197 Arete

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197 Arete
Discovery[1]
Discovered by Johann Palisa
Discovery date 21 May 1879
Designations
Pronunciation /əˈrt/ ə-REE-tee
Named after
Arete
1934 RE1 1950 DY
Asteroid belt
Orbital characteristics[2][3]
Epoch 31 July 2016 (JD 2457600.5)
Uncertainty parameter 0
Observation arc 136.89 yr (50000 d)
Aphelion 3.1882283 AU (476.95216 Gm) (Q)
Perihelion 2.2897600 AU (342.54322 Gm) (q)
2.7389941 AU (409.74769 Gm) (a)
Eccentricity 0.1640143 (e)
4.53 yr (1655.7 d)
20.361539° (M)
0° 13m 2.744s / day (n)
Inclination 8.793773° (i)
81.607160° (Ω)
246.46589° (ω)
Earth MOID 1.29448 AU (193.651 Gm)
Jupiter MOID 2.16829 AU (324.372 Gm)
Jupiter Tisserand parameter 3.314
Physical characteristics
Dimensions 29.18±2.4 km
6.6084 h (0.27535 d)[2]
6.54 h[4]
0.4417±0.083[2]
0.442[5]
S[6]
9.18[2]

197 Arete is an asteroid in the asteroid belt. It has a very bright surface, unusually bright even for a rocky S-type asteroid.

It was discovered by J. Palisa on May 21, 1879, and named after Arete, the mother of Nausicaa in Homer's The Odyssey.[7] Every 18 years, this asteroid approaches within 0.04 AU of 4 Vesta. During these encounters, Vesta causes a gravitational perturbation of Arete, allowing the mass of Vesta to be directly determined.[8]

Photometric observations during 1984 showed a rotation period of 6.54 ± 0.02 hours and a brightness variation of 0.10 ± 0.01 in magnitude. The light curve shows "four well defined extrema with two asymmetric maxima".[9]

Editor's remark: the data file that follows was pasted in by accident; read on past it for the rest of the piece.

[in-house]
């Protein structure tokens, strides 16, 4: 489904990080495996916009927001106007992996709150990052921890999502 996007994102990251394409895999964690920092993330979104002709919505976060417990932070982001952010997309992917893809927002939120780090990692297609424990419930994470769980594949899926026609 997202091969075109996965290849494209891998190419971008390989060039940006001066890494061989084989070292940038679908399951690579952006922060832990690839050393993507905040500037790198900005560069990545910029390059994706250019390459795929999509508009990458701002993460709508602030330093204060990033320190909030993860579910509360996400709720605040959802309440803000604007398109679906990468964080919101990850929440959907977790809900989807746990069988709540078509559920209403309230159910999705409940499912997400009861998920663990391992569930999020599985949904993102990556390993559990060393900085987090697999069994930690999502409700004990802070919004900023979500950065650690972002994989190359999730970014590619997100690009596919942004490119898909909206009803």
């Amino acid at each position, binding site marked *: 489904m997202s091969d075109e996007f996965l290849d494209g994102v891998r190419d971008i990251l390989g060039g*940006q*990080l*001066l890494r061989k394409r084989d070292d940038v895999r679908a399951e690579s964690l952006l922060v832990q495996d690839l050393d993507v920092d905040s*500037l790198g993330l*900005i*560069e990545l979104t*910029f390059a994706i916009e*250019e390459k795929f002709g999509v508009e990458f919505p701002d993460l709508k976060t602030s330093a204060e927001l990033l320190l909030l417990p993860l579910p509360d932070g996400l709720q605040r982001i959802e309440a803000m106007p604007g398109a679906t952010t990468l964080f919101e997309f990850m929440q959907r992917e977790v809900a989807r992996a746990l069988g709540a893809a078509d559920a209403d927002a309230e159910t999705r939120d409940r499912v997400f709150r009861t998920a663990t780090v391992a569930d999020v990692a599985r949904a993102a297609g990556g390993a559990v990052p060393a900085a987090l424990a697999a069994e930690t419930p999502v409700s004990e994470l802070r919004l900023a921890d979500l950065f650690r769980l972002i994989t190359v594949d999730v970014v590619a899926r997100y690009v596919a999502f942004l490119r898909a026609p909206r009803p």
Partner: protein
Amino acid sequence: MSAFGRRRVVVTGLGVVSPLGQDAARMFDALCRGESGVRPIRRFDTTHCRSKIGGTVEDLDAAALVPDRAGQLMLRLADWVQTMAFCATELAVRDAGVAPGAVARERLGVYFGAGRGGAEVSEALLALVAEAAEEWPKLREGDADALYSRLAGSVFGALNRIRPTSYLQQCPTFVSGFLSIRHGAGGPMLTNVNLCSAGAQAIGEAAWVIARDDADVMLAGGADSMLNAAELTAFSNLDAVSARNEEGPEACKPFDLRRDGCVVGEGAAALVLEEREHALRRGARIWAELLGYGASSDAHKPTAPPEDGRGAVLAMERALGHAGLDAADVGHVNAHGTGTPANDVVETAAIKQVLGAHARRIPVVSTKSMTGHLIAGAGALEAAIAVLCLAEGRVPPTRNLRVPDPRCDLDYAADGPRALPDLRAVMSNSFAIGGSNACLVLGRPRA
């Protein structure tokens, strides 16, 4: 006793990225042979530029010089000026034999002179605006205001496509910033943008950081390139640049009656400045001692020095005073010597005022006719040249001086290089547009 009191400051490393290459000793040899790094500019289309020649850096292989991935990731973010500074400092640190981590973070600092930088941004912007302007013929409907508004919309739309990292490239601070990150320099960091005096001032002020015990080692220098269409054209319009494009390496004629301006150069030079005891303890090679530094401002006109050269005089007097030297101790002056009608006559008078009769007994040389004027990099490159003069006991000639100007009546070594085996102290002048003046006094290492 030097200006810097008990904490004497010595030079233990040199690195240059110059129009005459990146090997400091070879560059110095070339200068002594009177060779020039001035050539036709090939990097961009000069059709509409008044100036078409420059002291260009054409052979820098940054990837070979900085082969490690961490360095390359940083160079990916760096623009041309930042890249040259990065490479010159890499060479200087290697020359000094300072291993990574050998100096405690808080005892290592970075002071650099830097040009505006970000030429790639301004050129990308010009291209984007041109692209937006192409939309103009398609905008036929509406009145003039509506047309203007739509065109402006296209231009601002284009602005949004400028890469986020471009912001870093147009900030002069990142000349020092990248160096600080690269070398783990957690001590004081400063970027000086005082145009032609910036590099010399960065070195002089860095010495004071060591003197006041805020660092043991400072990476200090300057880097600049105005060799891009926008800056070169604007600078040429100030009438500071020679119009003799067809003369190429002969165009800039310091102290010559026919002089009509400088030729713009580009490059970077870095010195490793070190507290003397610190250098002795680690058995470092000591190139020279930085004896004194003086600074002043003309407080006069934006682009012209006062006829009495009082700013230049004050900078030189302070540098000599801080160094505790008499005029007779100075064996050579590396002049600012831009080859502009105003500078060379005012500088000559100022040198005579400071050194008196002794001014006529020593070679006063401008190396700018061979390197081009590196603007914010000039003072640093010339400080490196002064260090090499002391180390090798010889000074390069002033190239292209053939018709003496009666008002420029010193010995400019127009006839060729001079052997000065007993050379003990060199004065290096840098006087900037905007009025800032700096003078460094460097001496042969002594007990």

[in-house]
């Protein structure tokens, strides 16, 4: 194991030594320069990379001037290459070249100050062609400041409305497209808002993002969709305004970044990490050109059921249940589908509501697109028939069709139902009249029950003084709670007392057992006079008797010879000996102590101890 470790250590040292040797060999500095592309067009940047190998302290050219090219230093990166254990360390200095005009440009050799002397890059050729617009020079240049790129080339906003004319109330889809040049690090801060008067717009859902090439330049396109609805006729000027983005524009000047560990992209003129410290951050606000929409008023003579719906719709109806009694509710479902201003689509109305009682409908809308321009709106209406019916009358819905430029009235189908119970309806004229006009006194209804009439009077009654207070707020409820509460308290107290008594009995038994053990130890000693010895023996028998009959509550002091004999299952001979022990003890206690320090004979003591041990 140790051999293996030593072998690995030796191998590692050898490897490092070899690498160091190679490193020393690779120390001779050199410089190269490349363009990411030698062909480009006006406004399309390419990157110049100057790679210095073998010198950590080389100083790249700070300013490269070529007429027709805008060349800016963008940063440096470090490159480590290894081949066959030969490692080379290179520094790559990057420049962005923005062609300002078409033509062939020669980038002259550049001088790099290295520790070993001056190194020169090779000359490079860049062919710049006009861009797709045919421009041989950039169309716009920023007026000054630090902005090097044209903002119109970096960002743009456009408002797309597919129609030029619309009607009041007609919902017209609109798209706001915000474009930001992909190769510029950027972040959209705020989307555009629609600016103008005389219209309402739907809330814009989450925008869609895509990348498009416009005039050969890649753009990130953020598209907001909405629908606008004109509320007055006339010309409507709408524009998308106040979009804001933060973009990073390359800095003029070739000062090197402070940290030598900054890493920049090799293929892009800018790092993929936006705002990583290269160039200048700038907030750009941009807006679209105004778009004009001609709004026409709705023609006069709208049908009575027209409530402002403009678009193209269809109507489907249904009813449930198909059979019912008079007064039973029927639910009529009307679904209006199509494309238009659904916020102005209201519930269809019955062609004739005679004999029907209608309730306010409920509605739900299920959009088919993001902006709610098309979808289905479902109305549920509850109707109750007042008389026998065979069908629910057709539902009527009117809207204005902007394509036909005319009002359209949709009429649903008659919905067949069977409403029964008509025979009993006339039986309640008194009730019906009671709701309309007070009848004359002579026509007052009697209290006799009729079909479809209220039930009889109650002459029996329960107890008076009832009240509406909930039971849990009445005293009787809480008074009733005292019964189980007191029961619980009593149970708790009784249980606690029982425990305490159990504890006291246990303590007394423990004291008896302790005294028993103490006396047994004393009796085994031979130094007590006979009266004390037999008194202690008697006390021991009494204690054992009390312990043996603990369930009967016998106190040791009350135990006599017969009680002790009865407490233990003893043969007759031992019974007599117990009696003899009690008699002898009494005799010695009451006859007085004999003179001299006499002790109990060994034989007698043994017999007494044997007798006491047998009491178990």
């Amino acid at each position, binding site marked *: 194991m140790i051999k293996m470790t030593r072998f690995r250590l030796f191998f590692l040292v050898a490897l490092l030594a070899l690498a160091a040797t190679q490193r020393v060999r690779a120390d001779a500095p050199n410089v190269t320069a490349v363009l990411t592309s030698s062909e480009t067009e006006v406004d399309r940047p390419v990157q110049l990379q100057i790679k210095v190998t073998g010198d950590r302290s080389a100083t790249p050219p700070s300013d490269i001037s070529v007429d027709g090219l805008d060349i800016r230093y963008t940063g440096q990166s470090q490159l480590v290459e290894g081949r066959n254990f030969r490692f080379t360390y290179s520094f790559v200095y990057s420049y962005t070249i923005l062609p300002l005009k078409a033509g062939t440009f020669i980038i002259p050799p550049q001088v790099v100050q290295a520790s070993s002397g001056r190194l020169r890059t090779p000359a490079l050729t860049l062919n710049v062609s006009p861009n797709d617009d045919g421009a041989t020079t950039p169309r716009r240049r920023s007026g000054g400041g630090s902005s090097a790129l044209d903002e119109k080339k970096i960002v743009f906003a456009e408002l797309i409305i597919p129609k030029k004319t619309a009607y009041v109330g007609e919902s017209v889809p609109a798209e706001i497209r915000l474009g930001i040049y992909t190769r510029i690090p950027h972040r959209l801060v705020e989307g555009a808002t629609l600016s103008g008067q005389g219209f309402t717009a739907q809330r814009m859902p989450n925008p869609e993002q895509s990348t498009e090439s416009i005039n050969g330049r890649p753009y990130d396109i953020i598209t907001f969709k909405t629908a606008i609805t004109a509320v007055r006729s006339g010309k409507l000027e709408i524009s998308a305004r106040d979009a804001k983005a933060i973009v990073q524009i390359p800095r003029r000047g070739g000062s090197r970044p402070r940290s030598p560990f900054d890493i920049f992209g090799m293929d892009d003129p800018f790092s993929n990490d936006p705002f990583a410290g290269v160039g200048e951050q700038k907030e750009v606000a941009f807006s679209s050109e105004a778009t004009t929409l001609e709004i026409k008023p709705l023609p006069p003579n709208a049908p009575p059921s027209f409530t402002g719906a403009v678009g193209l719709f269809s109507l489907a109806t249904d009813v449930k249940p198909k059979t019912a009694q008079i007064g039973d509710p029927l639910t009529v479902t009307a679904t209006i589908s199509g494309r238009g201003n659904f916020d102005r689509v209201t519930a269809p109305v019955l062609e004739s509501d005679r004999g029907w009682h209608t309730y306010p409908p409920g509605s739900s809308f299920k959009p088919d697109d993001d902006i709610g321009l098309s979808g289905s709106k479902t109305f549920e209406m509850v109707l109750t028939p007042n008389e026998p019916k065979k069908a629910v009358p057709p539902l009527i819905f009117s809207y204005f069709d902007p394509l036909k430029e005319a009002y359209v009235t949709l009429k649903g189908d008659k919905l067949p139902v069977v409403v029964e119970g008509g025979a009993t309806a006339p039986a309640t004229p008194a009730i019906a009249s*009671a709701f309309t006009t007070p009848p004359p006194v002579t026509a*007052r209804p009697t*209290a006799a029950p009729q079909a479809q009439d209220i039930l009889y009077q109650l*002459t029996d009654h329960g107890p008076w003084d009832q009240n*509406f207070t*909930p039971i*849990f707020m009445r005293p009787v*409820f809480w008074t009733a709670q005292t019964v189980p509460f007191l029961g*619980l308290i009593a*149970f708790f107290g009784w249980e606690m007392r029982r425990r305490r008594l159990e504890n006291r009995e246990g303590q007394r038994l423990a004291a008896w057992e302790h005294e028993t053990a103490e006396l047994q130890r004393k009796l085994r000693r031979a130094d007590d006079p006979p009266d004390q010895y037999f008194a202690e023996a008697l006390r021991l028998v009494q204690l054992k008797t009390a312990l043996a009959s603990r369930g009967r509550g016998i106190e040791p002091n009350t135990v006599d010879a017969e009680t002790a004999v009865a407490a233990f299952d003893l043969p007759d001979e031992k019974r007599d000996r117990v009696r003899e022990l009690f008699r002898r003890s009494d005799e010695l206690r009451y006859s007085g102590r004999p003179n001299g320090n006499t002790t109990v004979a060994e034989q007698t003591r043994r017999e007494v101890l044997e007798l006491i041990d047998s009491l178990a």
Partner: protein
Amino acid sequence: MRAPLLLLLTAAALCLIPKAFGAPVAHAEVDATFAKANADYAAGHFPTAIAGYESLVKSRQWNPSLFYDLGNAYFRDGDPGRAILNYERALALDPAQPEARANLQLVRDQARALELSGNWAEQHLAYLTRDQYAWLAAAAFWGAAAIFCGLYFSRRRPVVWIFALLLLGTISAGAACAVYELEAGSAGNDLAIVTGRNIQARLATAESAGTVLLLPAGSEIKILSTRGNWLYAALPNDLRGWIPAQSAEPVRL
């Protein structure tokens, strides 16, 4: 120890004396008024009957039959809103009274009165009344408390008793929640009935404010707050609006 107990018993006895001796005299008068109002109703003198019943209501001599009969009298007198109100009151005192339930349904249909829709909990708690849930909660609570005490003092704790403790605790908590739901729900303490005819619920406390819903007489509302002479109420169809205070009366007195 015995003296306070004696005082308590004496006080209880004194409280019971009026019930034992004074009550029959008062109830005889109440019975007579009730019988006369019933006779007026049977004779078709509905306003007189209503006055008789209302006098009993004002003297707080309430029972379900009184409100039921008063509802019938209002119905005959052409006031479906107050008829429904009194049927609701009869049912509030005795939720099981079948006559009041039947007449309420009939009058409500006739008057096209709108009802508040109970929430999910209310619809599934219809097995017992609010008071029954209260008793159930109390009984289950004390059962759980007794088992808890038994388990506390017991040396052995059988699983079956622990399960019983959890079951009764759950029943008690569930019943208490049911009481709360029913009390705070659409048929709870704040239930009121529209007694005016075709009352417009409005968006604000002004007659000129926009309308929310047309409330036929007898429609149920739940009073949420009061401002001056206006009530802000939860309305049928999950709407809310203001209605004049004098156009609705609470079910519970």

References[edit]

  1. ^ http://cfa-www.harvard.edu/iau/lists/NumberedMPs.html
  2. ^ a b c d "JPL Small-Body Database Browser: 197 Arete" (2011-07-02 last obs). Archived from the original on 21 July 2011. Retrieved 2011-08-18. 
  3. ^ "AstDys: 197 Arete". Retrieved 2011-08-18. 
  4. ^ http://sbn.psi.edu/pds/resource/lc.html
  5. ^ http://dorothy.as.arizona.edu/DSN/IRAS/index_iras.html
  6. ^ http://spiff.rit.edu/richmond/parallax/phot/LCSUMPUB.TXT
  7. ^ Schmadel, Lutz D. (2003). Dictionary of minor planet names. 1 (5th ed.). Berlin Heidelberg New York: Springer-Verlag. pp. 32–33. ISBN 3-540-00238-3. 
  8. ^ Hertz, Hans G. (April 19, 1968). "Mass of Vesta". Science. 160 (3825): 299–300. Bibcode:1968Sci...160..299H. doi:10.1126/science.160.3825.299. PMID 17788233. 
  9. ^ di Martino, M.; Zappala, V.; de Campos, J. A.; Debehogne, H.; Lagerkvist, C.-I. (September 1988), "Rotational properties and lightcurves of the minor planets 94, 107, 197, 201, 360, 451, 511 and 702", Astronomy and Astrophysics Supplement Series, 67 (1): 95–101, Bibcode:1987A&AS...67...95D. 

External links[edit]